Vice Premier Moshe Ya'alon presented his proposal to replace the "Tal Law" to six Kadima MKs on Friday, leading at least one – MK Otniel Schneller (Kadima) – to announce plans to rebel against the party in support of Ya'alon.
The meeting was initiated by MK Avi Dichter, who vocally opposed Kadima's departure from the coalition last Tuesday. He was joined by like-minded MKs Schneller and Yulia Shamalov-Berkovich, who voted against the move, as well as Kadima lawmakers Yisrael Hasson, Yaakov Ederi and Doron Avital.
The six met with Ya'alon in order to hear his proposal, which he plans to present to other ministers on Sunday, in person. The Vice Premier's outline is not expected to be brought to a vote during the Knesset's summer session, which ends on Wednesday.
"The outline presented was balanced and good, and when the time comes, I plan to support the bill, even though it goes against Kadima's decision," Schneller said following the meeting.
According to Schneller, Kadima's entry in the coalition was "a fraudulent move" and that party leader Shaul Mofaz did not intend to find a replacement for the Tal Law, which allowed yeshiva students to postpone IDF service indefinitely, unless the new bill was exactly as Mofaz thought it should be.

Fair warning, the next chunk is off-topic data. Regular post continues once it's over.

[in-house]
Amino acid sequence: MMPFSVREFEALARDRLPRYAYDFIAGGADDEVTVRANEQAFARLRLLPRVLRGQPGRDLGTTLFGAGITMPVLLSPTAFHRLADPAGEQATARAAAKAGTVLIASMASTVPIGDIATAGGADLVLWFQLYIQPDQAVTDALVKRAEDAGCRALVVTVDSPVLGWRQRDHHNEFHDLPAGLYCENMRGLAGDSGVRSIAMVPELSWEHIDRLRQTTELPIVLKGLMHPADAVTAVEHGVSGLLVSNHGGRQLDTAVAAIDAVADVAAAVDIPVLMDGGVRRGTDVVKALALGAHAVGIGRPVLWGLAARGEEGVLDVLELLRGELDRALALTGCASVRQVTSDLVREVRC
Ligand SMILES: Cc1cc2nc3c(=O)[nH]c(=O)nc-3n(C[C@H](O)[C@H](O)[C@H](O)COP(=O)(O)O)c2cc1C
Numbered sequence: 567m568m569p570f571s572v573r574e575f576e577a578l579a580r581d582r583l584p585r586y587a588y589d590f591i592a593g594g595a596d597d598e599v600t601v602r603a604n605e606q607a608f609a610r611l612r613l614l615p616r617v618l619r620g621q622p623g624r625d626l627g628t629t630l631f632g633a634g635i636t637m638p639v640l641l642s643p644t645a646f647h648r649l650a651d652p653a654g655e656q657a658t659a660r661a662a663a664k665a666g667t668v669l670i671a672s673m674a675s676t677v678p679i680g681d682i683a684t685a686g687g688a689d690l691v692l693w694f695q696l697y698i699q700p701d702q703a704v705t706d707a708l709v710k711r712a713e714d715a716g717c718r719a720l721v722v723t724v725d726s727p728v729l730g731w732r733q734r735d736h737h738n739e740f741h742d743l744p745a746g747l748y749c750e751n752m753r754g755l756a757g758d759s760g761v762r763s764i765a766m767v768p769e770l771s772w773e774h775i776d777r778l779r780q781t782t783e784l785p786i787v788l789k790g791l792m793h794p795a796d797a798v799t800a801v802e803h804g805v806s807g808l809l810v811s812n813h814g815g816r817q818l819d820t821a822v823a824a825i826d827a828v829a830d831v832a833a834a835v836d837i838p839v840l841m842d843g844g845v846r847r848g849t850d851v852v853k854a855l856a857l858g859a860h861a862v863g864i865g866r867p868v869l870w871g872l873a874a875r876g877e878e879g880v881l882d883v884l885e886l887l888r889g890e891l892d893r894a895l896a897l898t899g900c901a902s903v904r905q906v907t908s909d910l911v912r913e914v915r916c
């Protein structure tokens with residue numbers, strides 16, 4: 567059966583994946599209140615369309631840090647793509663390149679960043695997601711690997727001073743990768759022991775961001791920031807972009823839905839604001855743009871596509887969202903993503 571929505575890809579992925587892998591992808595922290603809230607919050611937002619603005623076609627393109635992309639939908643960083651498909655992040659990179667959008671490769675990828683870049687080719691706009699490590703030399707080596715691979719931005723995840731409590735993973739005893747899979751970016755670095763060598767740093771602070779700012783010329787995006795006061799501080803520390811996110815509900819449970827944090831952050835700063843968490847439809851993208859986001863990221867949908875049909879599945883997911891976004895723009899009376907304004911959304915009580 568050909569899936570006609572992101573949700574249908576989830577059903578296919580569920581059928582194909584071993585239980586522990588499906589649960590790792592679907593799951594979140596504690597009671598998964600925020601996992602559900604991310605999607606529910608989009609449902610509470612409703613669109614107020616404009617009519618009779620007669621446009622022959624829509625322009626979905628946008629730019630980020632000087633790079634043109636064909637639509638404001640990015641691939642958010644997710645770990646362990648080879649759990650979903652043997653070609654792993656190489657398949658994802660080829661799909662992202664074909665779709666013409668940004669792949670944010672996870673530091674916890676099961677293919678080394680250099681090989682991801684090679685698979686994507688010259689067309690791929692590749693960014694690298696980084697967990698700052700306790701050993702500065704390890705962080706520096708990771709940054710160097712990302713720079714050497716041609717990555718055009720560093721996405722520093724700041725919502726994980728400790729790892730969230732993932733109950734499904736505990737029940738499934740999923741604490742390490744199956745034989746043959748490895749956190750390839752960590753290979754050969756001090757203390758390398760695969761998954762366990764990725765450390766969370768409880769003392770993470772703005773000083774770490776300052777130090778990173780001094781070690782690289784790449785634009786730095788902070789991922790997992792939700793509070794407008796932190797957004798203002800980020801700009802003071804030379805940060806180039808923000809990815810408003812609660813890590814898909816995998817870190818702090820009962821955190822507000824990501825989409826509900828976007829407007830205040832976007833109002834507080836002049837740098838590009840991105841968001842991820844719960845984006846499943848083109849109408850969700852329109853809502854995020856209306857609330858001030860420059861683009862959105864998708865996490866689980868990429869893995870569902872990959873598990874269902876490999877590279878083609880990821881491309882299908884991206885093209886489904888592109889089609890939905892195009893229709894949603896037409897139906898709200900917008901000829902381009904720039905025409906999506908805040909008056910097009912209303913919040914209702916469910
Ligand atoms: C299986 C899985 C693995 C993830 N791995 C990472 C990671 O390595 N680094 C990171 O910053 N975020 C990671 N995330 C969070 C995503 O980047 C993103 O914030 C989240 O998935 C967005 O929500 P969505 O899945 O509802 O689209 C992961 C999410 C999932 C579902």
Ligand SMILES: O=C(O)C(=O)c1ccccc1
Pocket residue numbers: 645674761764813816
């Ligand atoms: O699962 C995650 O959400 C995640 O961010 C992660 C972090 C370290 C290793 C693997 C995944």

If Mofaz honestly wanted equality in the burden of national service, the Kadima MK added, he would have been more flexible and behaved responsibly, rather than "playing political waiting games" and preventing new legislation.
Hasson and Avital had the opposite reaction, supporting Mofaz's move to reject Ya'alon's outline.
"I went to this meeting to hear Ya'alon's proposal in an unmediated fashion, and found that from beginning to end, this outline is a fraud, a trick and a word game and does not aim for service for all, personal responsibility and equality in society," Hasson said.
The Kadima MK said Ya'alon is trying to trick the Israeli public, and Kadima made the right decision in leaving the coalition.
A Likud source told The Jerusalem Post on Wednesday that, according to Ya’alon’s outline, haredim will receive incentives to enlist in the IDF between the ages of 18 and 22.
Those who do not will be required to do civilian service by age 26 for the police, Prisons Service, Magen David Adom or Fire and Rescue Services.
There will be sanctions against those who do not perform military or civilian service, as well as their yeshivot. The state will take yeshiva students’ biometric IDs to keep track of whether anyone is shirking their duties.
The goal of Ya’alon’s outline is for 6,000 yeshiva students to enlist each year by 2016. Currently, 2,400 enlist in the IDF or perform civilian service annually.
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